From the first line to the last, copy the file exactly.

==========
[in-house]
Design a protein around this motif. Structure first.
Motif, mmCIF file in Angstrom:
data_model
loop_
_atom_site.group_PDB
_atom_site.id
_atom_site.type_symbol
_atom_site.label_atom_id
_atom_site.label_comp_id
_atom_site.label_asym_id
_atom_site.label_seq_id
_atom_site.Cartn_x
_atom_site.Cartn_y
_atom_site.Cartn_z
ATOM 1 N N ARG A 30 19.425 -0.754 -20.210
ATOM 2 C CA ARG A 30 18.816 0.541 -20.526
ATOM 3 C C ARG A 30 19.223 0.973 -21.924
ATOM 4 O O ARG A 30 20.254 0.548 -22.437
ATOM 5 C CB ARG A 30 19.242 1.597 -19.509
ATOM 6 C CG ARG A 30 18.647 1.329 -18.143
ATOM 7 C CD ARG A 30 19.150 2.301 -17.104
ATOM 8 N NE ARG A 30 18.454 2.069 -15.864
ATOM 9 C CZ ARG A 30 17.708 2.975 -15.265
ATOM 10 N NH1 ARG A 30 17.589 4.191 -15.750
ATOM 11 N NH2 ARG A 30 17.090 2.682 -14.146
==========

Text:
[in-house]
Design a protein around this motif. Structure first.
Motif, mmCIF file in Angstrom:
data_model
loop_
_atom_site.group_PDB
_atom_site.id
_atom_site.type_symbol
_atom_site.label_atom_id
_atom_site.label_comp_id
_atom_site.label_asym_id
_atom_site.label_seq_id
_atom_site.Cartn_x
_atom_site.Cartn_y
_atom_site.Cartn_z
ATOM 1 N N ARG A 30 19.425 -0.754 -20.210
ATOM 2 C CA ARG A 30 18.816 0.541 -20.526
ATOM 3 C C ARG A 30 19.223 0.973 -21.924
ATOM 4 O O ARG A 30 20.254 0.548 -22.437
ATOM 5 C CB ARG A 30 19.242 1.597 -19.509
ATOM 6 C CG ARG A 30 18.647 1.329 -18.143
ATOM 7 C CD ARG A 30 19.150 2.301 -17.104
ATOM 8 N NE ARG A 30 18.454 2.069 -15.864
ATOM 9 C CZ ARG A 30 17.708 2.975 -15.265
ATOM 10 N NH1 ARG A 30 17.589 4.191 -15.750
ATOM 11 N NH2 ARG A 30 17.090 2.682 -14.146